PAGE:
By way of comparison, FIG. 7B shows a logo-keying process flow 750 for MPEG video in the spatial domain. The process is represented by an entropy docoder block 702, an IDCT block 752, a spatial domain keying block 754, an FDCT block 756, an inverse motion compensation block 758 and an adder 760 functionally interconnected as shown. The entropy docoder block 702, IDCT block 752, spatial domain keying block 754 and FDCT block 756 are the same as the corresponding blocks discussed with reference to FIG. 2. A conventional inverse motion compensation operation is performed at block 758.
By way of review, FIG. 8 illustrates via flow diagram 800 an exemplary preferred method according to the present inventions for receiving and processing digitized video data in a transform domain. In executable block 802, input video data frames in a transform domain are provided. In an exemplary preferred embodiment, the transform domain is a DCT transform domain and the frames are “static” as discussed supra. In an exemplary chroma-keying application, the input video data frames are a background image frame and a logo image frame. Next, at executable block 804, input vectors associated with the input video data frames are identified. Following this, at executable block 806, it is determined, in consideration of an orthogonal characteristic of a convolution function, which cross-products of the input vectors would yield non-zero output vectors and weighting factors for the cross-products are determined. Next, at executable block 808, an output video data frame is generated by determining the cross-products of only the input vectors which would yield non-zero output vectors and by applying the weighting factors to the cross-products. In an exemplary preferred embodiment, the output video data frame is generated employing the convolution function.
In summary, one aspect of the present inventions replaces pixel-wise multiplication in the spatial-domain with a convolution function in the DCT domain which exploits the orthogonality in the convolution function along with the data sparseness present in the DCT domain. A convolution operation based upon these principles is suitable for chroma-keying as well as other video or audio blending applications.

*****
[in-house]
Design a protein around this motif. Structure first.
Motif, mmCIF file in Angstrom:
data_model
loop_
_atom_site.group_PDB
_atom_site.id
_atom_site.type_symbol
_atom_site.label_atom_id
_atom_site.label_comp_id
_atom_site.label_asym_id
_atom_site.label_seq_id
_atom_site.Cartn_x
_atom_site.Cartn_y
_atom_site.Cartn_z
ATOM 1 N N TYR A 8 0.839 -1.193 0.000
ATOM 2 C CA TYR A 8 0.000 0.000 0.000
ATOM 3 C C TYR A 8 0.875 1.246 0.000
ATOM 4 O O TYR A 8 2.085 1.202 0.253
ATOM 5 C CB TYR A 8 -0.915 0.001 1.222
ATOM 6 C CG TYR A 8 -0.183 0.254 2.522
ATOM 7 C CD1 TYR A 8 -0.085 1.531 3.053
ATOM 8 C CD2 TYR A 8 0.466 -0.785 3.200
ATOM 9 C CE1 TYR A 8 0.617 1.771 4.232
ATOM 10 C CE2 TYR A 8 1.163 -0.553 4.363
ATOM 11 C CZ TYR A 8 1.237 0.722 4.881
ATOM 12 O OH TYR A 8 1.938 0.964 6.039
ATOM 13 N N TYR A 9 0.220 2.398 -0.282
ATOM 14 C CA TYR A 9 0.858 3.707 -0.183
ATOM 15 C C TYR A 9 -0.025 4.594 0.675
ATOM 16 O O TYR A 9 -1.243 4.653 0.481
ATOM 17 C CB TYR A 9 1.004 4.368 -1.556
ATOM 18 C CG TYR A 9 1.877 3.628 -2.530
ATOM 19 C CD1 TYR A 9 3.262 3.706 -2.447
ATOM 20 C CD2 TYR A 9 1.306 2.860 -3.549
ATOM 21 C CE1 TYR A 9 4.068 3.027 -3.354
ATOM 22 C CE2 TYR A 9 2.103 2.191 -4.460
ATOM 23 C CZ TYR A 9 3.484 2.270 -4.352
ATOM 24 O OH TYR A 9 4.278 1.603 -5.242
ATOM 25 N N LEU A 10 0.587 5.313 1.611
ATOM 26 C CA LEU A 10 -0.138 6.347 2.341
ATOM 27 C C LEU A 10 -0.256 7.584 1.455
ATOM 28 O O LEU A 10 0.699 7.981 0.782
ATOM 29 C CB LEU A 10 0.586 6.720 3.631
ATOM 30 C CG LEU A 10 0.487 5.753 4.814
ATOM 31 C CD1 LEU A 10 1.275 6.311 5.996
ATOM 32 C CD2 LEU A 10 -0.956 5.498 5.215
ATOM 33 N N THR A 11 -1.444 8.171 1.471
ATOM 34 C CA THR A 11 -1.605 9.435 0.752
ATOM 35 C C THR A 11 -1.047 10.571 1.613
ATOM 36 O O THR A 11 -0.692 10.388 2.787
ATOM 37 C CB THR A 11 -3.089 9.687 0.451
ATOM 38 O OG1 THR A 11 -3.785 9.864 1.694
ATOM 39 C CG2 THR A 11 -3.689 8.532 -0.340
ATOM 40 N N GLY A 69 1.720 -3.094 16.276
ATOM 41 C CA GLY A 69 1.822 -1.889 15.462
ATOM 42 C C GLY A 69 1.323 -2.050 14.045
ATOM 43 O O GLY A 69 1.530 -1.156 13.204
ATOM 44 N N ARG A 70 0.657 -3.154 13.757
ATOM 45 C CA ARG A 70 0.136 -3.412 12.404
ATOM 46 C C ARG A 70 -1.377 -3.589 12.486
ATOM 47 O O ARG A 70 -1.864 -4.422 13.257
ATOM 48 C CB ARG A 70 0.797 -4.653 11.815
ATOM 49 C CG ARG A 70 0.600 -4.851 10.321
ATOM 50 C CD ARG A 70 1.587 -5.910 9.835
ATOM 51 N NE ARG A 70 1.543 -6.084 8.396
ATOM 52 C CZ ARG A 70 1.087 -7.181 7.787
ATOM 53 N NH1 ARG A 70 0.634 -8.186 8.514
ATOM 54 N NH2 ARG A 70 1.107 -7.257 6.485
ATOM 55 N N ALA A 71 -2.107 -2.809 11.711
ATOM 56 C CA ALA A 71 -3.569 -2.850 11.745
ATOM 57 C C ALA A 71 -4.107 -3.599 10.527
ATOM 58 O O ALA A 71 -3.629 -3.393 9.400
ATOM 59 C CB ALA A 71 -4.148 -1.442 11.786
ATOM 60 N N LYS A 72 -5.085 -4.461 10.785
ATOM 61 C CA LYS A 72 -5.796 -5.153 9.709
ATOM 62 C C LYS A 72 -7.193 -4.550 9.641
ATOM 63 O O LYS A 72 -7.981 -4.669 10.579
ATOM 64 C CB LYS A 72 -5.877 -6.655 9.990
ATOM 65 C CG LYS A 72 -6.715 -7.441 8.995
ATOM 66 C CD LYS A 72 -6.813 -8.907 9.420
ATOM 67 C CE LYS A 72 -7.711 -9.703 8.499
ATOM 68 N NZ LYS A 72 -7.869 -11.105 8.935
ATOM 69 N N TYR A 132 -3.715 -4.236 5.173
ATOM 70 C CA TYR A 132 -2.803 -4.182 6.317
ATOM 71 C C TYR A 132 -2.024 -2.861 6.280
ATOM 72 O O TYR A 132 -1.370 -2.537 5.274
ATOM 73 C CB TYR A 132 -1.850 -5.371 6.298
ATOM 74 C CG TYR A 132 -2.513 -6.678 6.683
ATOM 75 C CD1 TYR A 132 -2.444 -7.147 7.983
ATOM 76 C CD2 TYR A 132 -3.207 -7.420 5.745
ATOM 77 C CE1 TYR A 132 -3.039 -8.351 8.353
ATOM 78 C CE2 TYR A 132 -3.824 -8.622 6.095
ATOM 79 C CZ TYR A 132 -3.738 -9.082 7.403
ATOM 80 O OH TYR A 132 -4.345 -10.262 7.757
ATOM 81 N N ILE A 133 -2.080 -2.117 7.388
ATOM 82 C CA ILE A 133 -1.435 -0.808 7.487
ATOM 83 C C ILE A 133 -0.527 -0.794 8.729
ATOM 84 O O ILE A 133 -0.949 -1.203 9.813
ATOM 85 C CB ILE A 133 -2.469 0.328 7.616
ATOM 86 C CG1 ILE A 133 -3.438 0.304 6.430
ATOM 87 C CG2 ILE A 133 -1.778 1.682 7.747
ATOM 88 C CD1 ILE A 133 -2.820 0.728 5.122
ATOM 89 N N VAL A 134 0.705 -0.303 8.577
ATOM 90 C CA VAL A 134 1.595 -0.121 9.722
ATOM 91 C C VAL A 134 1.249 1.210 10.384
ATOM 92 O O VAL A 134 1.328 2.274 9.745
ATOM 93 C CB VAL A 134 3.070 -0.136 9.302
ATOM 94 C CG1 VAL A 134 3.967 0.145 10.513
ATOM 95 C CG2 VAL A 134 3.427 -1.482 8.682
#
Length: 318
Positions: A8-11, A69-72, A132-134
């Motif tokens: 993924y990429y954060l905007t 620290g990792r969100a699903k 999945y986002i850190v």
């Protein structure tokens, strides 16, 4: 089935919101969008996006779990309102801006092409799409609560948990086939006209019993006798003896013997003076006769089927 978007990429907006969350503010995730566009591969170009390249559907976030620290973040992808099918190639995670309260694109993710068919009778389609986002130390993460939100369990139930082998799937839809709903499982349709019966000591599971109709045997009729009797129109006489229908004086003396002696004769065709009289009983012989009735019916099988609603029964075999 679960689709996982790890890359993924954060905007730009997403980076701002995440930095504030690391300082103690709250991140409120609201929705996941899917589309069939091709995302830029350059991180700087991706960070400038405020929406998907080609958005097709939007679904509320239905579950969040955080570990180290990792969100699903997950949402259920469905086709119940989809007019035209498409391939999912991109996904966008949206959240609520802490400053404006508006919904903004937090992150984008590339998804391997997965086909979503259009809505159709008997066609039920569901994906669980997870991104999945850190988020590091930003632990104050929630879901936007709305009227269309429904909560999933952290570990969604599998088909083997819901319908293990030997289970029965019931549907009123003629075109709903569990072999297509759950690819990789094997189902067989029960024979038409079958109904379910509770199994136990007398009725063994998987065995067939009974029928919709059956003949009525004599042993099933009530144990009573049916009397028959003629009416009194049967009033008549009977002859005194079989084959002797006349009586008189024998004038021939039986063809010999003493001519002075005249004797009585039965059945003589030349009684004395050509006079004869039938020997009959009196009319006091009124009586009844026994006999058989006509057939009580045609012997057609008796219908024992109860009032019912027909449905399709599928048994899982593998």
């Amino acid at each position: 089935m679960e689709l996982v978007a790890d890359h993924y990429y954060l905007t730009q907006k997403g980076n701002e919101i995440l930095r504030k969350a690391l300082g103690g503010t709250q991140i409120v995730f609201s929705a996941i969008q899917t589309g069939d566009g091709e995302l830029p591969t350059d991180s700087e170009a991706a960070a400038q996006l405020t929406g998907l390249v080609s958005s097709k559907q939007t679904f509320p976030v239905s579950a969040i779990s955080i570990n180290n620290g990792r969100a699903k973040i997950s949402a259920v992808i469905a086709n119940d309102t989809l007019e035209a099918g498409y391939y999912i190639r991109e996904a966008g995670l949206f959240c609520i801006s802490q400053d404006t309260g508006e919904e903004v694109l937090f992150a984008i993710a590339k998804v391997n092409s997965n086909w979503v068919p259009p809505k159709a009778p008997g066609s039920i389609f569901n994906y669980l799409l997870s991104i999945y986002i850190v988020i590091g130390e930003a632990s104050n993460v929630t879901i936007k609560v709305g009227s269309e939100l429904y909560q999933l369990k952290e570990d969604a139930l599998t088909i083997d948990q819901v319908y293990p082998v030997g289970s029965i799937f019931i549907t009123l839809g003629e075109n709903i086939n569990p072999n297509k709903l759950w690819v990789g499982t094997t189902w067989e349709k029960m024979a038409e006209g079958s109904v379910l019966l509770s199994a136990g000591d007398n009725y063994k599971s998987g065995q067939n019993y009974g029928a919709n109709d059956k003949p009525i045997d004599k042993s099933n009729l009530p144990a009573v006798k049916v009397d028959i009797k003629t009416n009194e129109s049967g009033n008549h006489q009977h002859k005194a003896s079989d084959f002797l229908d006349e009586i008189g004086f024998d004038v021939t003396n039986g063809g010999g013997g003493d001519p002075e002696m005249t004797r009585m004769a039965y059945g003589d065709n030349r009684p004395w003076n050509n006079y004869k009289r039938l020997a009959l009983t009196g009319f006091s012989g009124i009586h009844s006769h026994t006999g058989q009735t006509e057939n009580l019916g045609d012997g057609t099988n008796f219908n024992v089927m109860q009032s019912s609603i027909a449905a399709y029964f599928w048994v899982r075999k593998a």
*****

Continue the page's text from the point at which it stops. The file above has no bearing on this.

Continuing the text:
Those skilled in the art will appreciate that various adaptations and modifications of the just described preferred embodiment can be configured without departing from the scope and spirit of the invention. By way of example and not of limitation, one or more aspects of the method and apparatus of the present inventions can be modified for other applications such as pixel multiplication, feature extraction and template matching image analysis processes. Principles of the present inventions can also be applied to three-dimensional (3-D) processing. Also, the principles of the present inventions are applicable to any orthogonal transform, and are not limited to DCT transforms. Therefore, it is to be understood that, within the scope of the appended claims, the invention may be practiced other than as specifically described herein.
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|U.S. Classification||375/240.2, 375/E07.206, 375/E07.226|
|International Classification||H04N7/26, H04N7/30|
|Cooperative Classification||H04N19/90, H04N19/48, H04N19/60|
|European Classification||H04N7/26C, H04N7/30, H04N7/26Z4|
|Feb 29, 2000||AS||Assignment|
Owner name: HEWLETT-PACKARD COMPANY, COLORADO
Free format text: ASSIGNMENT OF ASSIGNORS INTEREST;ASSIGNORS:SHEN, BO;BHASKARAN, VASUDEV;REEL/FRAME:010642/0437;SIGNING DATES FROM 19990611 TO 19990614
|Jul 31, 2003||AS||Assignment|
Owner name: HEWLETT-PACKARD DEVELOPMENT COMPANY, L.P., TEXAS